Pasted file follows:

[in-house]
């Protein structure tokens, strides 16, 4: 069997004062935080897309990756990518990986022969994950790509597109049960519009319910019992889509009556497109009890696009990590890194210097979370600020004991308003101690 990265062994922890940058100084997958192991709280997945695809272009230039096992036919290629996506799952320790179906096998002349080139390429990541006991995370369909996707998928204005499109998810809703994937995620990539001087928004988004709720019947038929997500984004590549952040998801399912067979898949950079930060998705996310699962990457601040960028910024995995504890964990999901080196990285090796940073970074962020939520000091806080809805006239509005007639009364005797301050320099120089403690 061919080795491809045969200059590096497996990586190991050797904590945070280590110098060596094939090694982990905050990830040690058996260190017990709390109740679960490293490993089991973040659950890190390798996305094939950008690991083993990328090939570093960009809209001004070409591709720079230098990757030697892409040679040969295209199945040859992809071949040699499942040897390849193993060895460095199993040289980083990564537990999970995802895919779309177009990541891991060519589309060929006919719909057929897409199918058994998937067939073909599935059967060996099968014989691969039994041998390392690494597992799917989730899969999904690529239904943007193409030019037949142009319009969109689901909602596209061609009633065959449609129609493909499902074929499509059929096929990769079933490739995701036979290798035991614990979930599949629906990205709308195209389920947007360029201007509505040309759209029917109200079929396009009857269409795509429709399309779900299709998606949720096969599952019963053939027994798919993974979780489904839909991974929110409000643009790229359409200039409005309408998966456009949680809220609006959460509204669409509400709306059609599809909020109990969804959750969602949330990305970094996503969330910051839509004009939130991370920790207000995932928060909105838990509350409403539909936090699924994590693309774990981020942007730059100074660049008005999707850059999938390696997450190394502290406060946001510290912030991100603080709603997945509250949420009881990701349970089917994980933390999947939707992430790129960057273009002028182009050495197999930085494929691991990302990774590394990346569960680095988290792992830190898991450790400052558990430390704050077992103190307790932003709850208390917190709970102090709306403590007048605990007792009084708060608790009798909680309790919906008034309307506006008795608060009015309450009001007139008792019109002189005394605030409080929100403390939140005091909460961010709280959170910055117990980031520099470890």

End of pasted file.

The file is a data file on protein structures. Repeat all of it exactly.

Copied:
[in-house]
């Protein structure tokens, strides 16, 4: 069997004062935080897309990756990518990986022969994950790509597109049960519009319910019992889509009556497109009890696009990590890194210097979370600020004991308003101690 990265062994922890940058100084997958192991709280997945695809272009230039096992036919290629996506799952320790179906096998002349080139390429990541006991995370369909996707998928204005499109998810809703994937995620990539001087928004988004709720019947038929997500984004590549952040998801399912067979898949950079930060998705996310699962990457601040960028910024995995504890964990999901080196990285090796940073970074962020939520000091806080809805006239509005007639009364005797301050320099120089403690 061919080795491809045969200059590096497996990586190991050797904590945070280590110098060596094939090694982990905050990830040690058996260190017990709390109740679960490293490993089991973040659950890190390798996305094939950008690991083993990328090939570093960009809209001004070409591709720079230098990757030697892409040679040969295209199945040859992809071949040699499942040897390849193993060895460095199993040289980083990564537990999970995802895919779309177009990541891991060519589309060929006919719909057929897409199918058994998937067939073909599935059967060996099968014989691969039994041998390392690494597992799917989730899969999904690529239904943007193409030019037949142009319009969109689901909602596209061609009633065959449609129609493909499902074929499509059929096929990769079933490739995701036979290798035991614990979930599949629906990205709308195209389920947007360029201007509505040309759209029917109200079929396009009857269409795509429709399309779900299709998606949720096969599952019963053939027994798919993974979780489904839909991974929110409000643009790229359409200039409005309408998966456009949680809220609006959460509204669409509400709306059609599809909020109990969804959750969602949330990305970094996503969330910051839509004009939130991370920790207000995932928060909105838990509350409403539909936090699924994590693309774990981020942007730059100074660049008005999707850059999938390696997450190394502290406060946001510290912030991100603080709603997945509250949420009881990701349970089917994980933390999947939707992430790129960057273009002028182009050495197999930085494929691991990302990774590394990346569960680095988290792992830190898991450790400052558990430390704050077992103190307790932003709850208390917190709970102090709306403590007048605990007792009084708060608790009798909680309790919906008034309307506006008795608060009015309450009001007139008792019109002189005394605030409080929100403390939140005091909460961010709280959170910055117990980031520099470890």